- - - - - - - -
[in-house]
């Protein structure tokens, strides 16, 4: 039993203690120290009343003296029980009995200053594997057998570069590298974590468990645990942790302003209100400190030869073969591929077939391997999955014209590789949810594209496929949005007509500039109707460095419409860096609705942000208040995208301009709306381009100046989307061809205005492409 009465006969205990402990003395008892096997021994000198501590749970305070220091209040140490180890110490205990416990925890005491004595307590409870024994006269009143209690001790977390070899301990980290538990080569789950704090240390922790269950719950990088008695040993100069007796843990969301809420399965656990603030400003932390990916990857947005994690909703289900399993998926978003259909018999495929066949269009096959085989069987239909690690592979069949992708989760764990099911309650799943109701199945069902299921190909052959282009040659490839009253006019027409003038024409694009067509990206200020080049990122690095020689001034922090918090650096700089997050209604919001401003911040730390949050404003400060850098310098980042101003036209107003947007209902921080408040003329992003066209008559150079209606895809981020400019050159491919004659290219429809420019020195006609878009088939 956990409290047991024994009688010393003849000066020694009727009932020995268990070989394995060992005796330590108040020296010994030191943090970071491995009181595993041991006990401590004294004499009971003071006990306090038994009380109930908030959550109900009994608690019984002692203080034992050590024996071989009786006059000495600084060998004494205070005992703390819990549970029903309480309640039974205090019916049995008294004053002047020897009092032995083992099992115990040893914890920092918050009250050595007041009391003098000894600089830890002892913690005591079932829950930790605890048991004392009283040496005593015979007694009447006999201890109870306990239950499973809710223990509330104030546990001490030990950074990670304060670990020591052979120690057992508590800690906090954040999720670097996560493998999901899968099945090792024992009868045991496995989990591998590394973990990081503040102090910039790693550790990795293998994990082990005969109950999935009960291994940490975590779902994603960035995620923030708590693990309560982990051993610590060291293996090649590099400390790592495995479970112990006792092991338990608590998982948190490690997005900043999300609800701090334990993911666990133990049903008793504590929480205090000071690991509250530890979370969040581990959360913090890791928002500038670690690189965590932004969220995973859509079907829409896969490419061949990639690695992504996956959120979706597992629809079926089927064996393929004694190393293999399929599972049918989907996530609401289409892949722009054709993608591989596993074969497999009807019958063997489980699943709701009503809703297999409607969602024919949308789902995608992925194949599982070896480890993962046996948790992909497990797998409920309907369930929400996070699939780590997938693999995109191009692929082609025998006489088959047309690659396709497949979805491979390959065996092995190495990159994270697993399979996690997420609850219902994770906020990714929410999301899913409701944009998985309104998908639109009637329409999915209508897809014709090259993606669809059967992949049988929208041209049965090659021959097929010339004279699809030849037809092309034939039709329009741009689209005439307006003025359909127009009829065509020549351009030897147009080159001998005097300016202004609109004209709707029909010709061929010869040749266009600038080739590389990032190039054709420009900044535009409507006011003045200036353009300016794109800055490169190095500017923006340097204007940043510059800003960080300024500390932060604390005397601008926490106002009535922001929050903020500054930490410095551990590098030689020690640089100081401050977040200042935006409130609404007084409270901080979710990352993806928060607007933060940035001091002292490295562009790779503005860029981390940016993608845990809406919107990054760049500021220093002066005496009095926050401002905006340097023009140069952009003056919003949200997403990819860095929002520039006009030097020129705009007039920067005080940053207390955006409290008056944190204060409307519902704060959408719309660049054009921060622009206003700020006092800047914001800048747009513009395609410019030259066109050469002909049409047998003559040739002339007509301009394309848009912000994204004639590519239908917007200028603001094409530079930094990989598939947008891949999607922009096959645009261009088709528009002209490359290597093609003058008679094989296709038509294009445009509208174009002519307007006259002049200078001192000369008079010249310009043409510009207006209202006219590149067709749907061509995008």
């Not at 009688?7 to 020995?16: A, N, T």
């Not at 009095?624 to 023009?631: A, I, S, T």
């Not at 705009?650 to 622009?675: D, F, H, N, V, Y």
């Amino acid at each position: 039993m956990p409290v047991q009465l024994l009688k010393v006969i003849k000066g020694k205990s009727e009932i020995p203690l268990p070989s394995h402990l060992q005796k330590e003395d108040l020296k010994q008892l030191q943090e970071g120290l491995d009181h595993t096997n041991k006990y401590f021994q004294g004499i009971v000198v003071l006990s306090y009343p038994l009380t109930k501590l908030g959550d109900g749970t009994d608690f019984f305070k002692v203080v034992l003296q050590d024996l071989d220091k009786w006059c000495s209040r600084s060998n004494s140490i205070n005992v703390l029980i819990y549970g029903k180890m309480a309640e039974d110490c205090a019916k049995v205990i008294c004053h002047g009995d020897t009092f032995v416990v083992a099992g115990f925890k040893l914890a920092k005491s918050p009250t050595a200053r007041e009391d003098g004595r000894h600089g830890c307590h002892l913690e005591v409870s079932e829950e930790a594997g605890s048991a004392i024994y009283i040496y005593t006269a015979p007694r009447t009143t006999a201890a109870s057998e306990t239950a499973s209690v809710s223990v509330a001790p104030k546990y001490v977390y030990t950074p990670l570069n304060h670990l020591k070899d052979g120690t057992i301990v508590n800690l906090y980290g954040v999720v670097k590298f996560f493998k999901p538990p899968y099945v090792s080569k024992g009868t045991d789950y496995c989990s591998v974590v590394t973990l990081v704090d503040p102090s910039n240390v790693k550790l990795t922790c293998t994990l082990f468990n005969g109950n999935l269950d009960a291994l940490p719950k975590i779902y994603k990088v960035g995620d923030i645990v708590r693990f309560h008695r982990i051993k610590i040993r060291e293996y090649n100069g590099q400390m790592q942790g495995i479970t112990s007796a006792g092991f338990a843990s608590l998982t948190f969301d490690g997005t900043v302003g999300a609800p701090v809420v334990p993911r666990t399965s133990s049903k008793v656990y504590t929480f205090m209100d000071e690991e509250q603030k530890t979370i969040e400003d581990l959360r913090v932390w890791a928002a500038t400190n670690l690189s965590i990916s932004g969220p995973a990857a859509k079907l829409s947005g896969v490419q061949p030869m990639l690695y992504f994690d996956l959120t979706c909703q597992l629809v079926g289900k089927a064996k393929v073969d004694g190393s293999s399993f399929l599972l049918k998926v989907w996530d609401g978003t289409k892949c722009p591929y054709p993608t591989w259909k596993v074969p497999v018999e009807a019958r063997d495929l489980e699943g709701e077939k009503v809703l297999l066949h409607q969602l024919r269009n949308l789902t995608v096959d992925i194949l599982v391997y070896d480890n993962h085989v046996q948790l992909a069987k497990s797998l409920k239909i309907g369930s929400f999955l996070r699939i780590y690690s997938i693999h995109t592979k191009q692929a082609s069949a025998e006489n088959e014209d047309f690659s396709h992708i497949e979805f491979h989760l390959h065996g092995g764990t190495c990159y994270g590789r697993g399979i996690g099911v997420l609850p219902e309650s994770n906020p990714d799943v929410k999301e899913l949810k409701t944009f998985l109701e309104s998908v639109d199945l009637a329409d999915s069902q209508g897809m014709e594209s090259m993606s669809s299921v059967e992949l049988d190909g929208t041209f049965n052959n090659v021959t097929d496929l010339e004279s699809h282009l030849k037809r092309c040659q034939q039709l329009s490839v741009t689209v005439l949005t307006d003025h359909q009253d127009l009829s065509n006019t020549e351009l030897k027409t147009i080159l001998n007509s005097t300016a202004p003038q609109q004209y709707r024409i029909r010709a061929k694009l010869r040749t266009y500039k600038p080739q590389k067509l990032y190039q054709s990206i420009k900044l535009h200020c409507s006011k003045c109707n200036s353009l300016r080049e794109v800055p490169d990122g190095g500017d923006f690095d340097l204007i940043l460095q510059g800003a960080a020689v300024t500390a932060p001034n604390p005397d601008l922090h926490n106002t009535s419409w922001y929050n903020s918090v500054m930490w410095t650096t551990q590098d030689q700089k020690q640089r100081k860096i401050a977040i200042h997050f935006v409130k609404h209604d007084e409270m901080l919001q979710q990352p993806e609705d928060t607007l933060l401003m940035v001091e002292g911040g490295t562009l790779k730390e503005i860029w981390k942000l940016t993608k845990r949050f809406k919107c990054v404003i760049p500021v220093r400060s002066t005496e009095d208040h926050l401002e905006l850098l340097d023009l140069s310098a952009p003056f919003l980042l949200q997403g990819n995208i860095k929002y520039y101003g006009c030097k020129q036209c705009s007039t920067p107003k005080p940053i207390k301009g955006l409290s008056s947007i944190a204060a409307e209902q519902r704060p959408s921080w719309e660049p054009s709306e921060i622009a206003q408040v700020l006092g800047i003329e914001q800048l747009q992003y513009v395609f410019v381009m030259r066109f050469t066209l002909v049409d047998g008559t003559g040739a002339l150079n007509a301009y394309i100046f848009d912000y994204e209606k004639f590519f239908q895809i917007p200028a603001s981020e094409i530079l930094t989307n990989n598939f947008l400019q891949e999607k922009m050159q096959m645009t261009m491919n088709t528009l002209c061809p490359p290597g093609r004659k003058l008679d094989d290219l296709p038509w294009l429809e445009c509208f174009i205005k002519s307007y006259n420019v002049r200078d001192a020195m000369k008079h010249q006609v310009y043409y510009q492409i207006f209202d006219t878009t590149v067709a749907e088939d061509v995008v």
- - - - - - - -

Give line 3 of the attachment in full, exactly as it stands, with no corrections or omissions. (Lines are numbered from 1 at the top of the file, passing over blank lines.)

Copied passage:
């Not at 009688?7 to 020995?16: A, N, T």